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Baker Hughes, Inc. v. Summit ESP, LLC

United States District Court, N.D. Oklahoma

January 18, 2018

BAKER HUGHES, INCORPORATED, a Delaware corporation, Plaintiff,
v.
SUMMIT ESP, LLC, an Oklahoma limited liability company, Defendant.

          OPINION AND ORDER

          Jodi F. Jayne, Judge.

         Before the Court is Plaintiff's Motion for Civil Contempt (ECF No. 30). Plaintiff Baker Hughes, Inc. (“Baker Hughes”) seeks an order of civil contempt against Defendant Summit ESP, LLC, (“Summit”) for alleged violations of the Agreed Permanent Injunction (“PI”) entered by United States Magistrate Judge T. Lane Wilson on June 14, 2016 (ECF No. 28). Baker Hughes seeks monetary damages, equitable relief, and attorneys' fees.

         I. Factual Background

         Baker Hughes filed its lawsuit against Summit in August 2015, alleging trademark infringement and deceptive trade practices. ECF No. 2. Specifically, Baker Hughes alleged that Summit was covering Baker Hughes' trademark-protected logo on Baker Hughes' equipment with a Summit logo, and that Summit was selling a product under the name SENTRY, which infringed upon Baker Hughes' trademark, SENTRYNET. Id. at ¶¶ 15-17. The parties reached a settlement in May of 2016. On June 14, 2016, Judge Wilson entered the agreed PI. ECF Nos. 23, 28. The PI prohibits Summit, in pertinent part, from

[i]ntentionally covering or obscuring any Trademarks, Service Marks, contact information of other source, manufacturing or reference information depicted on any equipment manufactured by or on behalf of Baker Hughes, including but not limited to the service mark SENTRYNETTM, the registered trademark CENTRILIFT® (U.S. Reg. No. 4, 236, 677), the registered trademark BAKER HUGHES® (U.S. Reg. No. 2, 987, 193), any registered and common-law trademarks or service marks incorporating the literal elements BAKER HUGHES, and all trademarks and service marks specifically set forth in the Complaint filed in this proceeding; . . . .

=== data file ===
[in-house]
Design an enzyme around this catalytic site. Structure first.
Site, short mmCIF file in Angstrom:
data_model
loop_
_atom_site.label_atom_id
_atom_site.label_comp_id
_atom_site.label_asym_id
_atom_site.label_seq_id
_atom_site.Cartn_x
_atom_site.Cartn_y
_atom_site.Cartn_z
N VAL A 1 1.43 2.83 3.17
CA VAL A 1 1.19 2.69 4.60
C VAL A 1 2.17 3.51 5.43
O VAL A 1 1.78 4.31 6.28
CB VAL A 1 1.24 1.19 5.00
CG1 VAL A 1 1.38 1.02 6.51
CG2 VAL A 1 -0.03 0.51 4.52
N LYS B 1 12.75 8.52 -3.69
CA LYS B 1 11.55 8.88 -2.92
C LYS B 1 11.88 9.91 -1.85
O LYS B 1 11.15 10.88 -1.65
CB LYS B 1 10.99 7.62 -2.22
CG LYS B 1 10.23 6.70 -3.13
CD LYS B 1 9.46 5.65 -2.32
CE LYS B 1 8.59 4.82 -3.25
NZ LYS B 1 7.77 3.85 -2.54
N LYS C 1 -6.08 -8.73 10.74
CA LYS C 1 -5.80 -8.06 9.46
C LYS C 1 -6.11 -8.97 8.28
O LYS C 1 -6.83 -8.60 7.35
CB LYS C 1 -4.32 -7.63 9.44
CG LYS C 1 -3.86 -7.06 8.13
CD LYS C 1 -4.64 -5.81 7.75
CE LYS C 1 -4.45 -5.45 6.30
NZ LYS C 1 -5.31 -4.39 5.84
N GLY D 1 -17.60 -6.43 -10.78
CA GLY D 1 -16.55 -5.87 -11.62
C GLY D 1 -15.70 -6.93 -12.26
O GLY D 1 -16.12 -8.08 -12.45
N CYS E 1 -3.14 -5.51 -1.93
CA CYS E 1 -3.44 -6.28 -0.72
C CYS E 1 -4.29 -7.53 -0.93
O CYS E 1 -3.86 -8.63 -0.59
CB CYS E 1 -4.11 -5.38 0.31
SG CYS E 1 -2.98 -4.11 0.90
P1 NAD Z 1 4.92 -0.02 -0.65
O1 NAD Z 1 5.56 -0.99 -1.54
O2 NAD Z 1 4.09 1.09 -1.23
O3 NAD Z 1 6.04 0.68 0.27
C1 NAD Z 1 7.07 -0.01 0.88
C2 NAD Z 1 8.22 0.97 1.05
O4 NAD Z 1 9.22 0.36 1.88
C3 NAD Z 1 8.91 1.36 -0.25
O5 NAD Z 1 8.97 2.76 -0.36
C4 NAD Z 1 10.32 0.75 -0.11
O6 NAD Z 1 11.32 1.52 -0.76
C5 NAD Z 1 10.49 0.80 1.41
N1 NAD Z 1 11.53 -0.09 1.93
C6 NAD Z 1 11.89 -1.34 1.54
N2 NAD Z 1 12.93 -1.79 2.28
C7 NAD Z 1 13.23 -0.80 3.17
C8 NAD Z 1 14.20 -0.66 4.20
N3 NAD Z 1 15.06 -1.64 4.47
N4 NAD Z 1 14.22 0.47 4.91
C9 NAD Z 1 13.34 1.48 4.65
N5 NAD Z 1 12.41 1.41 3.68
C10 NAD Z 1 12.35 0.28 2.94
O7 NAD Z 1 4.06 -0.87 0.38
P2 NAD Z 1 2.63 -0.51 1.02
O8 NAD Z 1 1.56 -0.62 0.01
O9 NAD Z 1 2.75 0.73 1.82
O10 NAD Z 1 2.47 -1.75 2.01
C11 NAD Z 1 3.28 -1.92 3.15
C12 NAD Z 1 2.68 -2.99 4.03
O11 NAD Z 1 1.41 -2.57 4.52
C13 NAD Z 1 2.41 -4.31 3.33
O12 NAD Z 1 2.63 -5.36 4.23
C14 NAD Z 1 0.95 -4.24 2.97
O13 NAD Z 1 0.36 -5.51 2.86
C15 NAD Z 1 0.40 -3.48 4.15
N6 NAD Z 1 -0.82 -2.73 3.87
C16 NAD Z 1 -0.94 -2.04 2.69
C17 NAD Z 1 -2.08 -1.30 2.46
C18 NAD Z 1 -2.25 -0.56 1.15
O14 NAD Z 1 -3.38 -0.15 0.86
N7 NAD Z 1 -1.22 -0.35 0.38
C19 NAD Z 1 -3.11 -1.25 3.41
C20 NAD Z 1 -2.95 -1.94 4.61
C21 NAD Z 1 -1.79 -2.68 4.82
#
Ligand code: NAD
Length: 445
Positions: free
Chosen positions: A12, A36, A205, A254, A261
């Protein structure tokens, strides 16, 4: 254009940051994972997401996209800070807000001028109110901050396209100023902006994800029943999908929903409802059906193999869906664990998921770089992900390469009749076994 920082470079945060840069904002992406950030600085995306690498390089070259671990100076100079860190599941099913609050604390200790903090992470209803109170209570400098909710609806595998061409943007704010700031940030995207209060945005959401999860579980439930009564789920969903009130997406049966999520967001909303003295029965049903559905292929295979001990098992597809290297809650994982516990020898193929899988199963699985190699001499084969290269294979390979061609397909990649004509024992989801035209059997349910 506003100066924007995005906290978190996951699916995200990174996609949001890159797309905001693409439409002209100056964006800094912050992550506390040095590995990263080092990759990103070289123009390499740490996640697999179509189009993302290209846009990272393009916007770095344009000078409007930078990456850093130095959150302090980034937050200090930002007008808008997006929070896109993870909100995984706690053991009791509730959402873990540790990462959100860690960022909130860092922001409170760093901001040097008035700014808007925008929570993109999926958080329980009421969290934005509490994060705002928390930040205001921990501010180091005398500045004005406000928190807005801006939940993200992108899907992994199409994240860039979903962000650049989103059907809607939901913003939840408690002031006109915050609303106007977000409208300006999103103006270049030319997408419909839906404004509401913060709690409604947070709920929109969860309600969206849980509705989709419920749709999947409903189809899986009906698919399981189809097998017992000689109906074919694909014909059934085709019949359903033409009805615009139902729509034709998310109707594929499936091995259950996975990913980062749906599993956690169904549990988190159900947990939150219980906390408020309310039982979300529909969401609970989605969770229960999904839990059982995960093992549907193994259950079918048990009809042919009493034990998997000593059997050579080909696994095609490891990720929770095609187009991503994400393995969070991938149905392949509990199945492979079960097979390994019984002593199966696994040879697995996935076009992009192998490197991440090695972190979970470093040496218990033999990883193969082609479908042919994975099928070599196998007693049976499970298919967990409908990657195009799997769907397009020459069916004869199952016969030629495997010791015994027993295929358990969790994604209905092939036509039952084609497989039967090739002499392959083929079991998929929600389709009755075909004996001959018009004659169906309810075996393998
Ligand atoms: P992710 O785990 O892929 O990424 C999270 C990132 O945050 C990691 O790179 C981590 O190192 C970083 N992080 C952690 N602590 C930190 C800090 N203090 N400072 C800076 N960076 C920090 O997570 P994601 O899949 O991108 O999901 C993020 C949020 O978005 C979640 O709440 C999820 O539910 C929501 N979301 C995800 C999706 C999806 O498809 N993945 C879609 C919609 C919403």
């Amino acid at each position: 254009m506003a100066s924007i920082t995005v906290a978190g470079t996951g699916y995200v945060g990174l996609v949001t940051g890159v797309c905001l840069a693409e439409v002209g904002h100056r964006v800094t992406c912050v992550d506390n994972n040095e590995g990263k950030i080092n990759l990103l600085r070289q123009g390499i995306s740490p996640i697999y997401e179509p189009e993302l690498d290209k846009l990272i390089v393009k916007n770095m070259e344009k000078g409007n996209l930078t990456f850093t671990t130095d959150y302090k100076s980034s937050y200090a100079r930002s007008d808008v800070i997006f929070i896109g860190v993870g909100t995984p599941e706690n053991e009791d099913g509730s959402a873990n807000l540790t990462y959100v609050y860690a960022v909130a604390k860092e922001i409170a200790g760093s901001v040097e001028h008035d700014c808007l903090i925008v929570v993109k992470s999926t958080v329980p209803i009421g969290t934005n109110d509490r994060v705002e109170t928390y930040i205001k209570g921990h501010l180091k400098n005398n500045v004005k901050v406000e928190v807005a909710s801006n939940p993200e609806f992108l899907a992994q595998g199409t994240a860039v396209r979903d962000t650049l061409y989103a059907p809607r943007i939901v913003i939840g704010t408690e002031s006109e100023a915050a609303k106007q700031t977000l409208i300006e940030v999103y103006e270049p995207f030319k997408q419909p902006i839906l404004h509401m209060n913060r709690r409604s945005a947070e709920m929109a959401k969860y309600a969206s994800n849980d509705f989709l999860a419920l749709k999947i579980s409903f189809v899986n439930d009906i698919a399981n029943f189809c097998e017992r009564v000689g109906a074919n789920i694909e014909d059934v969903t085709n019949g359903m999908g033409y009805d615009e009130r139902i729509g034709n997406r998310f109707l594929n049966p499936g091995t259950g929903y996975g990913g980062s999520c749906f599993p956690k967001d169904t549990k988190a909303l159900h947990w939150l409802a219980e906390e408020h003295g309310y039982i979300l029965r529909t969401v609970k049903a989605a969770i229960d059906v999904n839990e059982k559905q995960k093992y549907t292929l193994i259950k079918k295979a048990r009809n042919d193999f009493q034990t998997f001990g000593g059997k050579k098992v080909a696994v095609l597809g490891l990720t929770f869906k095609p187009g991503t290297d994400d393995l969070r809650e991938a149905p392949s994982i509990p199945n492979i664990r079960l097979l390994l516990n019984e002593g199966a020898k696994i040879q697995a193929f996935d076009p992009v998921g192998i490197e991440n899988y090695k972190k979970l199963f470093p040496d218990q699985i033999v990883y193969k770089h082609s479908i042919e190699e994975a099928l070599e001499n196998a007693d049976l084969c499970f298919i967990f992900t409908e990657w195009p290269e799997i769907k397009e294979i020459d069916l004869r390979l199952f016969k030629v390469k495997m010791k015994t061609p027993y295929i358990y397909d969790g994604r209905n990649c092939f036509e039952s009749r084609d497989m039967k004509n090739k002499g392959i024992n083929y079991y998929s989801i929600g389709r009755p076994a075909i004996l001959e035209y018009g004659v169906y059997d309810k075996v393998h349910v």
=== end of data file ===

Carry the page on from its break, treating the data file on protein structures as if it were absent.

ECF No. 28 (emphasis added). The PI operated as a final judgment, and all other “claims, counterclaims and other requests for relief set forth in the pleadings” were dismissed with prejudice. Id.

         In support of its Motion for Civil Contempt, Baker Hughes presented evidence establishing the following facts. In the spring of 2017, Baker Hughes employees working in Wyoming discovered two Summit stickers covering the Baker Hughes mark. On April 10, 2017, a Baker Hughes technician working at a location called “Greaswood 22-6” observed a Summit service sticker covering the Baker Hughes mark on a piece of Baker Hughes' equipment called a Variable Speed Drive (“VSD”). The technician took a photo of the VSD and recorded the serial number. After tracing the serial number, Baker Hughes learned it had sold the VSD, took it back on trade in July of 2016, and then sold and shipped the VSD to a new customer, Breitburn Management Company (“Breitburn”), on September 26, 2016. On May 25, 2017, a Baker Hughes field specialist working at a location called “Greaswood State 44-36” observed a Summit service sticker covering the Baker Hughes mark on a second VSD. The field specialist took a photo of the VSD. Baker Hughes discovered the VSD had been sold, returned to Baker Hughes on trade in July 2016, and then sold and shipped to Breitburn on September 26, 2016. The Baker Hughes Field Service Supervisor at Cody, Wyoming, submitted a declaration stating that the two VSDs did not have Summit stickers on them when they left Baker Hughes' facility in September of 2016.